Now here is the rub in a nutshell. Here is the essence of the political and legal dimensions of administrative law. Congress in the regulatory process has passed the political buck to the agencies to resolve group conflict through rule-making and adjudication . Agencies make policy through rule-making and resolve specific disputes through adjudication. Congress is the principal and the agencies its agents. Congress establishes vague guidelines for the agencies to follow but does not spell out the specifics. Therefore the agencies have discretion to choose what if any policy course will be undertaken, and what if any enforcement actions will be taken against specific parties within their regulatory sphere.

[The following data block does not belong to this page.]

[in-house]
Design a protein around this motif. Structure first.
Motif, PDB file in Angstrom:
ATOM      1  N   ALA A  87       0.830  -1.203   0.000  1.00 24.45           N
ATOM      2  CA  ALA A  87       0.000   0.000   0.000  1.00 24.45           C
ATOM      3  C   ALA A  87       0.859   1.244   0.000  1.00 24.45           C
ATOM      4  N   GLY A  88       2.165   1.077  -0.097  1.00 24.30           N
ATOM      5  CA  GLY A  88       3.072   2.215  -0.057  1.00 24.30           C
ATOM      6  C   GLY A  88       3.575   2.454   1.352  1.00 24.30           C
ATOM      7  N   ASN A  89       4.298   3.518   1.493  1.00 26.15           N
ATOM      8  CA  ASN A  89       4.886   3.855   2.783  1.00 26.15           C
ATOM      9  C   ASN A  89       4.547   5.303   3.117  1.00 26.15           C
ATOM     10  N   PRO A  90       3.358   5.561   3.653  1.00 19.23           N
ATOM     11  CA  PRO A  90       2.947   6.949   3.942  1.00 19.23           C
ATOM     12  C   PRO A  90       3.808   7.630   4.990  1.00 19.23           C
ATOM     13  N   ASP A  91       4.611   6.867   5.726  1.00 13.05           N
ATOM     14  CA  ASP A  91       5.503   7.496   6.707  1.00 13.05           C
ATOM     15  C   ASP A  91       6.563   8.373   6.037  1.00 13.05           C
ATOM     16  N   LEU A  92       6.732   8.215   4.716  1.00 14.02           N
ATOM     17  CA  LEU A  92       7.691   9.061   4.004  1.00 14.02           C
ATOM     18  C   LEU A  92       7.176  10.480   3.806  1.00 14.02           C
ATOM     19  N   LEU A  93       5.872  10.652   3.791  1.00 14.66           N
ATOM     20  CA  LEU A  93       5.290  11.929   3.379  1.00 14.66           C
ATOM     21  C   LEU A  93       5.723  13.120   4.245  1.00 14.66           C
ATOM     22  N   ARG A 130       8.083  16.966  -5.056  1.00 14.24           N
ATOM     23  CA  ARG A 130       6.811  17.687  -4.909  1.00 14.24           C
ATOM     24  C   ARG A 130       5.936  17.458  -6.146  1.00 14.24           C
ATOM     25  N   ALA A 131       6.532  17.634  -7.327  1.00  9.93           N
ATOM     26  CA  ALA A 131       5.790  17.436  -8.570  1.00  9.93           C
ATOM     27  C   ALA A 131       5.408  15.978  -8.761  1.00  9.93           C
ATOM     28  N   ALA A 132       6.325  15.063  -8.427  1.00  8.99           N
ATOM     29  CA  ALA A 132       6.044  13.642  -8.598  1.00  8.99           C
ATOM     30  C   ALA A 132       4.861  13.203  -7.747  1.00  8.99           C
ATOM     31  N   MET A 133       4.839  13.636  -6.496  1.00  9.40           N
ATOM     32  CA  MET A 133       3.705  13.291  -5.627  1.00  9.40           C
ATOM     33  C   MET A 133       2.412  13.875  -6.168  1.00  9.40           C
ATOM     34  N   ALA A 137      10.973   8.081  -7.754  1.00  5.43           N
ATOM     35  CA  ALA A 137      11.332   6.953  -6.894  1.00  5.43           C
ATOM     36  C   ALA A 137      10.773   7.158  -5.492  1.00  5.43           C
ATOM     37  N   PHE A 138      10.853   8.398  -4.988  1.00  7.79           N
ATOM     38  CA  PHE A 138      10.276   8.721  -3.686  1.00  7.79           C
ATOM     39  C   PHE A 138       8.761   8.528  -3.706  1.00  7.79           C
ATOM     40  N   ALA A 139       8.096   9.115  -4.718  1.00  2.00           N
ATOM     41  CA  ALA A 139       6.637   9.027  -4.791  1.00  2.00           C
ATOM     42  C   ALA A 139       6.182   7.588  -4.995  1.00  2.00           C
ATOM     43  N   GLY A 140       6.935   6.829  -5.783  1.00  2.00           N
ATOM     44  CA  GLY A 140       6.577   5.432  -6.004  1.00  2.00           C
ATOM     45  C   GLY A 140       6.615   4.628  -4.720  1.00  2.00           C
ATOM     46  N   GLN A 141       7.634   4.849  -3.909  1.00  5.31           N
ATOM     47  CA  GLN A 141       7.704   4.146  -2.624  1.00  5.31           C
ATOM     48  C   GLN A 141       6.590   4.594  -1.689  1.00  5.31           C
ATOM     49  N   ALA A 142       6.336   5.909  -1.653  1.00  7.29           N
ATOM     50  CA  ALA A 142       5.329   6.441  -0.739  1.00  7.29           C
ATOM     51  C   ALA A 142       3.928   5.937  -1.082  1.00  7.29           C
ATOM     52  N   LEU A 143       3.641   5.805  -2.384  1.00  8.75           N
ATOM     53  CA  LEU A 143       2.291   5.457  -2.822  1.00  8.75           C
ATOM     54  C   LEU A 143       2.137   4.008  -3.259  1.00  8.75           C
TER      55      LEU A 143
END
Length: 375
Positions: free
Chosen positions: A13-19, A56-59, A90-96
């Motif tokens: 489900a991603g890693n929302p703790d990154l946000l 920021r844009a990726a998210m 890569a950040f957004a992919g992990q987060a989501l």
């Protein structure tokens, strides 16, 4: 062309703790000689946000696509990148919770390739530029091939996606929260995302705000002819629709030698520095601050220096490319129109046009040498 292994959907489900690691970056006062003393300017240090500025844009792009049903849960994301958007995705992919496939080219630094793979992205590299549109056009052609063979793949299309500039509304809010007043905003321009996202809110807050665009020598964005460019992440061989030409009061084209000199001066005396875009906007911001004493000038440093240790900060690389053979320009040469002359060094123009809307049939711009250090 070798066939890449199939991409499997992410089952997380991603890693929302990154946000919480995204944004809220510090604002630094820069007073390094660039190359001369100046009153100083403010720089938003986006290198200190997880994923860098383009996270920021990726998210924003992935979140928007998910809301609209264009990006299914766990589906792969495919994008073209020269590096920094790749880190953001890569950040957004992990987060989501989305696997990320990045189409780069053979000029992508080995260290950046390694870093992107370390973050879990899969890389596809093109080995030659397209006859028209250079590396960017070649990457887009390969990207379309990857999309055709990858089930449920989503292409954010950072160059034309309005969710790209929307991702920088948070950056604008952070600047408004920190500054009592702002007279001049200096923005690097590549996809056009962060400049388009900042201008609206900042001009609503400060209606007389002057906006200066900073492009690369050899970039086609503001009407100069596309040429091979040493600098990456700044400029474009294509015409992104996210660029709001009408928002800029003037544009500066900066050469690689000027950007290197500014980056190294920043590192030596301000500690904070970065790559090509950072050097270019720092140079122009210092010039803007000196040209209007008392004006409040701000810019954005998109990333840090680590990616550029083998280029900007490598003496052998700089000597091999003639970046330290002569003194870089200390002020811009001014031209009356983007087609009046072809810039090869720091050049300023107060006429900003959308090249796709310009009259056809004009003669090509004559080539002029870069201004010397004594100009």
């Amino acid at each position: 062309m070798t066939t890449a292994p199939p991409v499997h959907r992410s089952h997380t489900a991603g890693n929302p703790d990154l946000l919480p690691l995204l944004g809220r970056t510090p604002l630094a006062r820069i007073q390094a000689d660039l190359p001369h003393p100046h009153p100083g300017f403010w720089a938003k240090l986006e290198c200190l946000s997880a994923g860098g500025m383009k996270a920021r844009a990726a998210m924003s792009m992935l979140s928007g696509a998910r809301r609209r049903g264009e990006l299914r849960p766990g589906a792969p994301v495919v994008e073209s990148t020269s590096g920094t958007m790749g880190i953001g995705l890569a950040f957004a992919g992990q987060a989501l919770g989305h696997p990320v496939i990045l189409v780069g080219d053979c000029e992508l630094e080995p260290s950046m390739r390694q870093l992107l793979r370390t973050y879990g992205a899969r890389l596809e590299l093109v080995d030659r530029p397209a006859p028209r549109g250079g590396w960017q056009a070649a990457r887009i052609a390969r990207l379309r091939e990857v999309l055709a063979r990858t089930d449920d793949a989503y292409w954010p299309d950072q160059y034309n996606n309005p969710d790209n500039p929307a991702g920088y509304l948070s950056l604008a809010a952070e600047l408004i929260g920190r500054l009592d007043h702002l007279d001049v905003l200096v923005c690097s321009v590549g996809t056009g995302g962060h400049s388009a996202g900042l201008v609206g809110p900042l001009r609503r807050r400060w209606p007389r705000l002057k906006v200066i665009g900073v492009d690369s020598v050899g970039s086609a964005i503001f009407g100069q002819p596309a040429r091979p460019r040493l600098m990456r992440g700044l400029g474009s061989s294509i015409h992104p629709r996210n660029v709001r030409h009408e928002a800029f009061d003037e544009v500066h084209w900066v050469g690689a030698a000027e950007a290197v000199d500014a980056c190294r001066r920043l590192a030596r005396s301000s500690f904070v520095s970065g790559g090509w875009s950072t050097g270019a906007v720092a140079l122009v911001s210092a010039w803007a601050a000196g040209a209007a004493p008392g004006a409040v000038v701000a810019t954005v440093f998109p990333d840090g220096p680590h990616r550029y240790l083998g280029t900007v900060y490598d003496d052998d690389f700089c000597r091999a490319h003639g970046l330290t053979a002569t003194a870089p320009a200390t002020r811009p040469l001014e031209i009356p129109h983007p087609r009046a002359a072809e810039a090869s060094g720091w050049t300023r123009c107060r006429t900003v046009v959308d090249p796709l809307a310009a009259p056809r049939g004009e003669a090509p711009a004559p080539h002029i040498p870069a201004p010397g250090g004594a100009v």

Wait, there is more! Congress has given the courts, specifically the federal Courts of Appeals and only sometimes the federal District Courts, jurisdiction over agency actions. Jurisdiction to do what? The courts hear appeals from individual parties and persons (there is a difference) who can legitimately claim agency actions have injured or aggrieved them. What do the courts do after they have determined that a party has met the conditions statutes or the common law require for a justiciable case and controversy? To put it another way, an injured party or aggrieved person within the meaning of the Administrative Procedure Act of 1946 or the relevant statute, must establish to the reviewing court,s satisfaction that the agency has acted "illegally." What defines illegality? Lawyers for the appellants go to "the law," constitutional (rarely), statutory (usually), or common law to find the legal boundaries of agency discretion.